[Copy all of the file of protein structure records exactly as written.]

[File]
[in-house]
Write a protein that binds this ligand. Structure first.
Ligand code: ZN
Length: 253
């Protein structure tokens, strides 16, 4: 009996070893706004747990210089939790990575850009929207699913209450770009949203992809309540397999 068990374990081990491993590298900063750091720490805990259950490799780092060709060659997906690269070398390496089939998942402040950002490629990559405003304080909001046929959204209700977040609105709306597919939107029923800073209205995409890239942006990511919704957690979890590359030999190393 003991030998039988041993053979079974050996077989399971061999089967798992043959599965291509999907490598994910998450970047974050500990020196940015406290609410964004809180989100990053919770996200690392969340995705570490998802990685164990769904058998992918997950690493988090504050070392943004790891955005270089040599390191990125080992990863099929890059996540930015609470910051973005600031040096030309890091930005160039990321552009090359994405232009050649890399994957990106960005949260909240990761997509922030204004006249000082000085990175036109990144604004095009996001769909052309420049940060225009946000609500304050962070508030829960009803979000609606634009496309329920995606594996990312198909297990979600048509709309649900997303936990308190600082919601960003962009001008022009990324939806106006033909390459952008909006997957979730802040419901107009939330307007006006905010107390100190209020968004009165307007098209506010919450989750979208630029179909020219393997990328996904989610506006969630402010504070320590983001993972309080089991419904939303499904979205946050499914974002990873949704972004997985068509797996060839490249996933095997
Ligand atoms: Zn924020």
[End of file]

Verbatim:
[in-house]
Write a protein that binds this ligand. Structure first.
Ligand code: ZN
Length: 253
């Protein structure tokens, strides 16, 4: 009996070893706004747990210089939790990575850009929207699913209450770009949203992809309540397999 068990374990081990491993590298900063750091720490805990259950490799780092060709060659997906690269070398390496089939998942402040950002490629990559405003304080909001046929959204209700977040609105709306597919939107029923800073209205995409890239942006990511919704957690979890590359030999190393 003991030998039988041993053979079974050996077989399971061999089967798992043959599965291509999907490598994910998450970047974050500990020196940015406290609410964004809180989100990053919770996200690392969340995705570490998802990685164990769904058998992918997950690493988090504050070392943004790891955005270089040599390191990125080992990863099929890059996540930015609470910051973005600031040096030309890091930005160039990321552009090359994405232009050649890399994957990106960005949260909240990761997509922030204004006249000082000085990175036109990144604004095009996001769909052309420049940060225009946000609500304050962070508030829960009803979000609606634009496309329920995606594996990312198909297990979600048509709309649900997303936990308190600082919601960003962009001008022009990324939806106006033909390459952008909006997957979730802040419901107009939330307007006006905010107390100190209020968004009165307007098209506010919450989750979208630029179909020219393997990328996904989610506006969630402010504070320590983001993972309080089991419904939303499904979205946050499914974002990873949704972004997985068509797996060839490249996933095997
Ligand atoms: Zn924020």